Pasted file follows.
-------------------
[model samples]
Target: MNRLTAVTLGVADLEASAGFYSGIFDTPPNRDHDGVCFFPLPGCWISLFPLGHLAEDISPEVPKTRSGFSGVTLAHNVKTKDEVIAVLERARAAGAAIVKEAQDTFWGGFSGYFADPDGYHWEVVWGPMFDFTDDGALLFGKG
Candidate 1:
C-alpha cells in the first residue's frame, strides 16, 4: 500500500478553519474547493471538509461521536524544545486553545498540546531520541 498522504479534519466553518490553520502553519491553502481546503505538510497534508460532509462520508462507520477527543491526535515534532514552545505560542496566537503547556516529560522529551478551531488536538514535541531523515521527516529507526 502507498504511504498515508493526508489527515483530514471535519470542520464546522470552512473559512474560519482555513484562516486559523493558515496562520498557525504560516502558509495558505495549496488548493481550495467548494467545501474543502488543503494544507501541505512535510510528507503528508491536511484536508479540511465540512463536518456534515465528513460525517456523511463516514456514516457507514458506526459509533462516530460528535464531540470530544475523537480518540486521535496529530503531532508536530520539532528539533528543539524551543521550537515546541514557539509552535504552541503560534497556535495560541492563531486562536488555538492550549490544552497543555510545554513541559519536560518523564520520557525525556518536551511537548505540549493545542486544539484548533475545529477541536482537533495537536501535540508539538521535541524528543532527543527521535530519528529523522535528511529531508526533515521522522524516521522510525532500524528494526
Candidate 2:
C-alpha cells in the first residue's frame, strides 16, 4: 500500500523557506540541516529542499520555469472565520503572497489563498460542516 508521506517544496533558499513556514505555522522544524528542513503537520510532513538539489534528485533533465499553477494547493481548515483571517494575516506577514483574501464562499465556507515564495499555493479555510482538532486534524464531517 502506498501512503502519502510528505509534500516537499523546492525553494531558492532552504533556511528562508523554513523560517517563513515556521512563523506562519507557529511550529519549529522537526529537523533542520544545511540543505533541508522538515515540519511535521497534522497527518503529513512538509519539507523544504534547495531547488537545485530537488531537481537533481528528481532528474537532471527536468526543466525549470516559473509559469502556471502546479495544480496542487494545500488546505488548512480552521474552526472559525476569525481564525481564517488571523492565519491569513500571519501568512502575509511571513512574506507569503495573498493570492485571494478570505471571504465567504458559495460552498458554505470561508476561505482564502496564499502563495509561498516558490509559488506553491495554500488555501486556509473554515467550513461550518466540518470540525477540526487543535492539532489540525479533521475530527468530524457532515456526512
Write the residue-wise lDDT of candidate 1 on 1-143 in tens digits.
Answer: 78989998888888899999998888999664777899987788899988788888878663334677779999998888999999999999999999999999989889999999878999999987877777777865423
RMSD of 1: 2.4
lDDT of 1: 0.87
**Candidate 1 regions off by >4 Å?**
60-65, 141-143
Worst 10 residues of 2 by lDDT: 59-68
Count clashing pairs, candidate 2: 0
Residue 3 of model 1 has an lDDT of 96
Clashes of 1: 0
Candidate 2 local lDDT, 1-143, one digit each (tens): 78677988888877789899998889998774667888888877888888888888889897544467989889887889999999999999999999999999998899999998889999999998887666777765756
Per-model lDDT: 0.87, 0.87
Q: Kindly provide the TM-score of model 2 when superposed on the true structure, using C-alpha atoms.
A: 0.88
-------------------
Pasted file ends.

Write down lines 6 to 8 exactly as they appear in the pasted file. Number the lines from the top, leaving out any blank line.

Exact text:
C-alpha cells in the first residue's frame, strides 16, 4: 500500500523557506540541516529542499520555469472565520503572497489563498460542516 508521506517544496533558499513556514505555522522544524528542513503537520510532513538539489534528485533533465499553477494547493481548515483571517494575516506577514483574501464562499465556507515564495499555493479555510482538532486534524464531517 502506498501512503502519502510528505509534500516537499523546492525553494531558492532552504533556511528562508523554513523560517517563513515556521512563523506562519507557529511550529519549529522537526529537523533542520544545511540543505533541508522538515515540519511535521497534522497527518503529513512538509519539507523544504534547495531547488537545485530537488531537481537533481528528481532528474537532471527536468526543466525549470516559473509559469502556471502546479495544480496542487494545500488546505488548512480552521474552526472559525476569525481564525481564517488571523492565519491569513500571519501568512502575509511571513512574506507569503495573498493570492485571494478570505471571504465567504458559495460552498458554505470561508476561505482564502496564499502563495509561498516558490509559488506553491495554500488555501486556509473554515467550513461550518466540518470540525477540526487543535492539532489540525479533521475530527468530524457532515456526512
Write the residue-wise lDDT of candidate 1 on 1-143 in tens digits.
Answer: 78989998888888899999998888999664777899987788899988788888878663334677779999998888999999999999999999999999989889999999878999999987877777777865423